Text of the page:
The Second Kindred of the Eldar to follow Oromë from Cuiviénen to the relative safety of Valinor, led by Finwë. Beloved of Aulë, they delighted in making things by hand. The Noldor built Tirion upon Túna (in the Calacirya) where they dwelt with the Vanyar. Nearly all of the Eldar that appear in the works of J.R.R. Tolkien are Noldor.
The greatest craftsman of all the Noldor was Fëanor, son of Finwë. Although Elves do not die of old age, giving birth to Fëanor ...used...up... his mother Miriel, and she went to dwell in the halls of Mandos. Finwë later wed Indis of the Vanyar who bore him Fingolfin and Finarfin.
The greatest creations of the greatest craftsman of the Noldor were the Silmarils, three gems in which Fëanor captured the light of the Two Trees.
After the release of Melkor from the three ages of his chaining, he came to live in Valinor. He shared secrets of creating wonderful things with the Noldor, which made them susceptible to the discontent against the Valar which he whispered in ther ears at the same time, priming the Noldor for their revolt.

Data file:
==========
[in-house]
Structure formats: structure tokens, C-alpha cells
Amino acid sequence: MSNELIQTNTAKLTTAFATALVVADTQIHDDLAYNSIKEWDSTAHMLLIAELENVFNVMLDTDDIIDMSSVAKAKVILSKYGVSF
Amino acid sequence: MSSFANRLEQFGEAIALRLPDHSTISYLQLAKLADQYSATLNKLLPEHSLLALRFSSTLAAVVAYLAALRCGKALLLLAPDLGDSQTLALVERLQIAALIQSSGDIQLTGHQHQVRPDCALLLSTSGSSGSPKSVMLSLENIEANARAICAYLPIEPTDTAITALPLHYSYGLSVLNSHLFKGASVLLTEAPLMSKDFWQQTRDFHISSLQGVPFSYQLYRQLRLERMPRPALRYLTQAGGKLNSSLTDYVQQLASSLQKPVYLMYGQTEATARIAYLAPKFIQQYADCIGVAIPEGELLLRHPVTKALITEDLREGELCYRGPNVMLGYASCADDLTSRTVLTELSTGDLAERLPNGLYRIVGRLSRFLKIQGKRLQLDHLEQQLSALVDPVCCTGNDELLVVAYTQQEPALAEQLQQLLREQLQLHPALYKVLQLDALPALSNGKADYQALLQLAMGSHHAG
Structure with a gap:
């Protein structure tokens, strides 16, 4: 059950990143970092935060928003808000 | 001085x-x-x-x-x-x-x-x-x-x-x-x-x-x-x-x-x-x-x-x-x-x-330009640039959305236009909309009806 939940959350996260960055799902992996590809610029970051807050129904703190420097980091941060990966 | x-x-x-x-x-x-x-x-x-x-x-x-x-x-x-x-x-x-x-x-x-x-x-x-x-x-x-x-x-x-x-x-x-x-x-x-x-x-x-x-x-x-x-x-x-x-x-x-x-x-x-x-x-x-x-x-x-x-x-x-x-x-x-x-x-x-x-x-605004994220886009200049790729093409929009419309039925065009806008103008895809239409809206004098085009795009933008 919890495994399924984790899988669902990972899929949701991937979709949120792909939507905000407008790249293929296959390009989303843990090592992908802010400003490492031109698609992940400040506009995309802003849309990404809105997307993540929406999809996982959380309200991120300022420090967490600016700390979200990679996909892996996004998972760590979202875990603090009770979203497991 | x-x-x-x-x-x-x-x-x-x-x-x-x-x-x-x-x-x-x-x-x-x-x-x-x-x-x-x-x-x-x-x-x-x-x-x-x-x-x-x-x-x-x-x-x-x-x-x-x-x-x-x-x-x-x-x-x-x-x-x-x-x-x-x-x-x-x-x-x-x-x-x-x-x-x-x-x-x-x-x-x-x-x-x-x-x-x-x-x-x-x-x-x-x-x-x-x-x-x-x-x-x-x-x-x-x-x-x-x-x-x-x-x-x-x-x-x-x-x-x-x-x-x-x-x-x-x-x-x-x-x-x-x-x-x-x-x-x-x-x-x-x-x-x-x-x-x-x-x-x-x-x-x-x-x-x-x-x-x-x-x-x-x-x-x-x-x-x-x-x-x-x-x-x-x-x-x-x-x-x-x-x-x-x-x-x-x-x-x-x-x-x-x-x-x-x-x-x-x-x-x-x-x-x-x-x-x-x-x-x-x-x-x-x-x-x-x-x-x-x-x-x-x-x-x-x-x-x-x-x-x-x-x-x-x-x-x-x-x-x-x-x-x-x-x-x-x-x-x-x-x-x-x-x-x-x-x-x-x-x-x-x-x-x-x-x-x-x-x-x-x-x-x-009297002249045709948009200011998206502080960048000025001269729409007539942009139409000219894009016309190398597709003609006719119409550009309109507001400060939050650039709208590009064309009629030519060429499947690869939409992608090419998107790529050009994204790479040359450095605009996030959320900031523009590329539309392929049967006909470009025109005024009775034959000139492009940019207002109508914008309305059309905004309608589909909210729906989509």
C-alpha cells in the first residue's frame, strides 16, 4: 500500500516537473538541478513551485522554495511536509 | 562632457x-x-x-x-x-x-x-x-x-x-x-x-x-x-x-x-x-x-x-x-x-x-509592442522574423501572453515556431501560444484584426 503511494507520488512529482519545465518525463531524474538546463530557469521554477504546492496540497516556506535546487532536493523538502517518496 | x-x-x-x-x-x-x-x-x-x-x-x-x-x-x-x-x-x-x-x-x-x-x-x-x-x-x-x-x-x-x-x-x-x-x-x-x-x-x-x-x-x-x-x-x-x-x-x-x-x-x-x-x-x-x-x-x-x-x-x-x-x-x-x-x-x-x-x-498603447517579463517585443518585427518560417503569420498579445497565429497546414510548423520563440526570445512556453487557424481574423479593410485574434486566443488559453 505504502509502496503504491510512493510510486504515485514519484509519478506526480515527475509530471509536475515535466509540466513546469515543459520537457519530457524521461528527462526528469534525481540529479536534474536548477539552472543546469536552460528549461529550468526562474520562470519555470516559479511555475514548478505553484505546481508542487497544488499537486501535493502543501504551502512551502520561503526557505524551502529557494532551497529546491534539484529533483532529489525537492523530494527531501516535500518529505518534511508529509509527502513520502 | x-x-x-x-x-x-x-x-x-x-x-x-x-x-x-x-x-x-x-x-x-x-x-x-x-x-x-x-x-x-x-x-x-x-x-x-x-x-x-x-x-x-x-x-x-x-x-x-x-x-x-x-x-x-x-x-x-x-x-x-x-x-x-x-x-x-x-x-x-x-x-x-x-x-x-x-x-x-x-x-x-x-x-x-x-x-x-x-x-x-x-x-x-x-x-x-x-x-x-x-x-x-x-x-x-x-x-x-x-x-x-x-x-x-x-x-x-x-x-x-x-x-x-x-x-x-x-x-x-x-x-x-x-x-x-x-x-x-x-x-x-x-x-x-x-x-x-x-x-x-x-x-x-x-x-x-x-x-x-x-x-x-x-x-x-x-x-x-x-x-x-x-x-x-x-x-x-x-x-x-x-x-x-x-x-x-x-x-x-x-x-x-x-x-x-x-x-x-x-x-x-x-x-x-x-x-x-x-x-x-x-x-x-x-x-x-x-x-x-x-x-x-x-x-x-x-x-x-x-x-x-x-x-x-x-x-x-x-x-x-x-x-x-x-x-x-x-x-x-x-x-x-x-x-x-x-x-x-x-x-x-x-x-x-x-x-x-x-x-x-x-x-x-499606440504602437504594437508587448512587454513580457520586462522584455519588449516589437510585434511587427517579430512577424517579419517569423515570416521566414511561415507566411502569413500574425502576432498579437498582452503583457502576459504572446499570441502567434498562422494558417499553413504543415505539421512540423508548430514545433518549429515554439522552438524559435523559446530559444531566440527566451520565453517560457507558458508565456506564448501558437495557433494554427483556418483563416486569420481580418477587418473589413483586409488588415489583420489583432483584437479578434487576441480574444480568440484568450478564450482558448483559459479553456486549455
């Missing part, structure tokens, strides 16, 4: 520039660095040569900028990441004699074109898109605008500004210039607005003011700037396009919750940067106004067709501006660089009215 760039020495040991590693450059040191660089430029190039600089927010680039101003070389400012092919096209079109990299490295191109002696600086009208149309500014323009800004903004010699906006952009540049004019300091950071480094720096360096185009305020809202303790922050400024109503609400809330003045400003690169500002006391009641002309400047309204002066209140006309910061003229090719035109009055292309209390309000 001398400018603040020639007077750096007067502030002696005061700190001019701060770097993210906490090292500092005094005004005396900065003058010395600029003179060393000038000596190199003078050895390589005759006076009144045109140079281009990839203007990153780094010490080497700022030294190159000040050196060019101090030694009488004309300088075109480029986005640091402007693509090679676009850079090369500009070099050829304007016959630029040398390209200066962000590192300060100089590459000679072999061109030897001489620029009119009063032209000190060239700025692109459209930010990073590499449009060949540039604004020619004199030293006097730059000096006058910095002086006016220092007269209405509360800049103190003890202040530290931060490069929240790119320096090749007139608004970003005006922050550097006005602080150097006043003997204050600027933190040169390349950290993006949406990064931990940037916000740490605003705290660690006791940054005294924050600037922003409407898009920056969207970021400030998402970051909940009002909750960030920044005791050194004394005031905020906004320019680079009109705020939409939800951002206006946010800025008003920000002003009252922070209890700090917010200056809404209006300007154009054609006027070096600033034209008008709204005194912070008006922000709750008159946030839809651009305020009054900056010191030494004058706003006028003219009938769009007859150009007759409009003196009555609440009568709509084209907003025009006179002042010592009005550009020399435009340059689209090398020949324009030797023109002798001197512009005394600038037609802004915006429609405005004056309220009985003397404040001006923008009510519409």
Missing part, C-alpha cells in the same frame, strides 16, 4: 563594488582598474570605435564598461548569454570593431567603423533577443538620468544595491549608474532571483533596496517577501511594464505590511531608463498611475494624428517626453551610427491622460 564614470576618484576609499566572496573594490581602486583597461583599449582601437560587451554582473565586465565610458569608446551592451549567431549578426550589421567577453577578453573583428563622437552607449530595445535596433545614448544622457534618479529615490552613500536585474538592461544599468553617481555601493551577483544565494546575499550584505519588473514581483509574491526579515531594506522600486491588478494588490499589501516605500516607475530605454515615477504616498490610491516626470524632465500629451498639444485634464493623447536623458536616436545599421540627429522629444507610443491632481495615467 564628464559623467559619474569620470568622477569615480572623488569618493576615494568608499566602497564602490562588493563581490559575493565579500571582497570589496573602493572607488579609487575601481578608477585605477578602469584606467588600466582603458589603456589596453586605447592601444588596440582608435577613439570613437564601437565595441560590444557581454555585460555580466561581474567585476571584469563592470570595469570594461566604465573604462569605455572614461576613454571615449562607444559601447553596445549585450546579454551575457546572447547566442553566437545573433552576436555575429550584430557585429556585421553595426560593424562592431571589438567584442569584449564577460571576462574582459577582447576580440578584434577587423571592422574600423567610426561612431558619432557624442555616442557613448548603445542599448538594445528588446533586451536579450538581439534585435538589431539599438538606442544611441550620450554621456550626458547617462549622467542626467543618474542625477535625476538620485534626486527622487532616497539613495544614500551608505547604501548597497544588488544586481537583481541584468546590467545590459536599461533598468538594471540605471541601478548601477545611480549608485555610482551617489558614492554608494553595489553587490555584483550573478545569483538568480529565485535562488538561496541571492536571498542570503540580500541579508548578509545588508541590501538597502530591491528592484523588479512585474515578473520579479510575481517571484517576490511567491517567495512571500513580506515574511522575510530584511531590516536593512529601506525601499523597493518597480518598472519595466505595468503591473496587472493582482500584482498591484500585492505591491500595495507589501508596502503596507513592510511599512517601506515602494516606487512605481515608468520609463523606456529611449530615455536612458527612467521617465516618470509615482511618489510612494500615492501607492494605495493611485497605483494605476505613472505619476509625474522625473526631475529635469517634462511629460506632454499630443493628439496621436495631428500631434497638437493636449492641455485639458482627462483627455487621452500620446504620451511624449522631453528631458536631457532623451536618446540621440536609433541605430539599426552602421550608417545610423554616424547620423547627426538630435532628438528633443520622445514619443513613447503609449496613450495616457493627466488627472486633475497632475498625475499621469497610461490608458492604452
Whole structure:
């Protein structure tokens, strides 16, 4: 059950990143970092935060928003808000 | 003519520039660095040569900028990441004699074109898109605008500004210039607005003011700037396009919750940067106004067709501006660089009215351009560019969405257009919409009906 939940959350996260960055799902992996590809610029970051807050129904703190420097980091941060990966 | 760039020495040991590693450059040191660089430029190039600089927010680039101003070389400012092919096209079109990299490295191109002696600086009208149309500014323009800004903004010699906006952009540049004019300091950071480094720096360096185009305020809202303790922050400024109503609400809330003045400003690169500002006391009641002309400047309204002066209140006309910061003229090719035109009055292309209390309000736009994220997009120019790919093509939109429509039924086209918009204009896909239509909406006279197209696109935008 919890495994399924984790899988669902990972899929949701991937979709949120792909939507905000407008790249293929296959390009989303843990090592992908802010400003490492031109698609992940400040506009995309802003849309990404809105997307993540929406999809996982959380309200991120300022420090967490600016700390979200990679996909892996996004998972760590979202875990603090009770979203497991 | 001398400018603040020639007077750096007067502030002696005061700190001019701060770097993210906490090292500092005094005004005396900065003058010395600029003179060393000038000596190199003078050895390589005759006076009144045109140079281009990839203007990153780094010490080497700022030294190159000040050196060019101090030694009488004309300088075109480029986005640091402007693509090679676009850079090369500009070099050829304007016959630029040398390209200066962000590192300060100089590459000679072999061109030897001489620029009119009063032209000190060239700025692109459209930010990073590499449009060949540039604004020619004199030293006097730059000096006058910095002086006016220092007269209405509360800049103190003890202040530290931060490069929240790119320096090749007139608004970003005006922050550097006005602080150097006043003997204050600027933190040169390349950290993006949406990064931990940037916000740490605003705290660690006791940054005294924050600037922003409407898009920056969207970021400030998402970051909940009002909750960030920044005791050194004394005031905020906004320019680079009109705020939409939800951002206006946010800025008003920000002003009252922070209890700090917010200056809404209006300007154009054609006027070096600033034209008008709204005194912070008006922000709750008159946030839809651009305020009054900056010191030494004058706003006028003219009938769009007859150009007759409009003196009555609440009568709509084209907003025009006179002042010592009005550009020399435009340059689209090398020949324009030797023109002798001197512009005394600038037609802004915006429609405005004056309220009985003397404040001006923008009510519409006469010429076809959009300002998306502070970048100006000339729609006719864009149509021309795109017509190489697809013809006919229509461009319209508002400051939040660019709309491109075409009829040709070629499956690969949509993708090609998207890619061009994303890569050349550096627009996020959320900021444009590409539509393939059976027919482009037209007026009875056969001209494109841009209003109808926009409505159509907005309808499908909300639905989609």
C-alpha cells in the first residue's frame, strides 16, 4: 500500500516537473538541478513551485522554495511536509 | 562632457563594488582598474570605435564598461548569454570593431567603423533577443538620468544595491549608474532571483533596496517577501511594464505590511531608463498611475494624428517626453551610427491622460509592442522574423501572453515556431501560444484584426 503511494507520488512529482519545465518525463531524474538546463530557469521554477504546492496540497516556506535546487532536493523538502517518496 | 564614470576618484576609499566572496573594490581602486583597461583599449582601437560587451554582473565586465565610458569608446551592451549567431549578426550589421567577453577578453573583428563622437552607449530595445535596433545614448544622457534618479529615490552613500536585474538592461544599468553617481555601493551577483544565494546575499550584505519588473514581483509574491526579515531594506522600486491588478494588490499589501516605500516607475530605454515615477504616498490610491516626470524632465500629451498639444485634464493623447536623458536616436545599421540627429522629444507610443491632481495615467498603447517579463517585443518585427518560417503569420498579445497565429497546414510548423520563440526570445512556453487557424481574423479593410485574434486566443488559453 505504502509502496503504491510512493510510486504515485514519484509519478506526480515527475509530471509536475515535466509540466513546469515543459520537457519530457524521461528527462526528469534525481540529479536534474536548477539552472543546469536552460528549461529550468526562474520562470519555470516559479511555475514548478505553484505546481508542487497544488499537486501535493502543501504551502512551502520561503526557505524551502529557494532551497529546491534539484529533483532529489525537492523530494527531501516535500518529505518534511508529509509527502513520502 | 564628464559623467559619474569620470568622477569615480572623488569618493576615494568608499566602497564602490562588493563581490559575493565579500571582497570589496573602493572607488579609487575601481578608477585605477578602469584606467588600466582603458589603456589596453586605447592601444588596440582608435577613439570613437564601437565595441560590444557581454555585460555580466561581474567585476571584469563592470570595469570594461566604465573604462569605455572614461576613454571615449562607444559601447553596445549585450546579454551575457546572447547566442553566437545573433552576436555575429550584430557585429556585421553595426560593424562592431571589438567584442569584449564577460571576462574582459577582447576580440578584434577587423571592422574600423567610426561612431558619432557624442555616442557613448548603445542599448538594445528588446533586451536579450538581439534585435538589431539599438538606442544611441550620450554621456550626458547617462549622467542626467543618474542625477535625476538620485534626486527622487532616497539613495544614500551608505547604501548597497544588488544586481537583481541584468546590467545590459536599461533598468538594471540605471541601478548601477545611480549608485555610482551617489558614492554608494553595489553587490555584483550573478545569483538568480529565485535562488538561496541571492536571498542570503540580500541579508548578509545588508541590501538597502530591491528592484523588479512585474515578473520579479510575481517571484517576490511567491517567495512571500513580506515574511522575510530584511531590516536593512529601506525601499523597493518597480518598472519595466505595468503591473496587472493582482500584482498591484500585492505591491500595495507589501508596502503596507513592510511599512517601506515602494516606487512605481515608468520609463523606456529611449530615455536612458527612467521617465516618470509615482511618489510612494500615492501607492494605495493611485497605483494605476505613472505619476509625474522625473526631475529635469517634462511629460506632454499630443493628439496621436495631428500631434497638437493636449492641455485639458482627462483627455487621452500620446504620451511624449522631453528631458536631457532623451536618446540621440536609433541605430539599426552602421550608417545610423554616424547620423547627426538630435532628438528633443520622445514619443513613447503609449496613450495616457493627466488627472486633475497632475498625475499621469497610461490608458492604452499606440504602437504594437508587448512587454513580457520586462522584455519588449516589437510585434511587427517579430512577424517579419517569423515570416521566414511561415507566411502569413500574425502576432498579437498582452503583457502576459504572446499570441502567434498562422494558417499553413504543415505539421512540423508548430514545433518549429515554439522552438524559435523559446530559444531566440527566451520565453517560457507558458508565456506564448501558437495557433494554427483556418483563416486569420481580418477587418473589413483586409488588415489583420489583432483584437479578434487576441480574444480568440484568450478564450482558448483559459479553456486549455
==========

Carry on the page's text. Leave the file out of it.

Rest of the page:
Although Melkor did indescribable evil by slaying Finwë, poisoning the Two Trees, and stealing the Silmarils, Fëanor and his sons made sure this evil would consume the Noldor by swearing their terrible oath. The Oath compelled them to follow Melkor back to Middle-Earth, precipitating the worst of their deeds: the Kinslaying of Alqualondë where they killed the mariners of the Teleri in order to steal their ships for transport across the sea. Although a few Noldor (led by Finarfin) turned back after the Kinslaying, the rest of them followed Fëanor, sharing his exile.
Understanding the travails the Noldor underwent in Middle-Earth is best experienced by reading The Silmarillion. However, suffice it to say that unnumbered tears were shed, and the Oath wrought a considerable amount of added misery. By the end of the First Age, all of the leaders of the revolt were dead (except Galadriel) and the remnants of the Noldor were led by the great-grandchildren of Finwë, Celebrimbor and Erenion.
The Valar lifted the Noldor's exile (except for Galadriel) and most of them took the opportunity to sail back to Aman. A few remained behind: Erenion, aka 'Gil-Galad' was High King of the Noldor, and Celebrimbor set up the realm of Eregion. But one by one the Noldor sailed West or were killed. Eregion was destroyed by Sauron during the Second Age, and Gil-Galad was slain along with with Elendil as they vanquished Sauron at the Second Age's end. By the time of the Lord of the Rings, the Noldor remaining in Middle-Earth were very few indeed. When Galadriel was finally allowed to sail West after the downfall of Sauron, it is quite possible that the last Noldor sailed with her.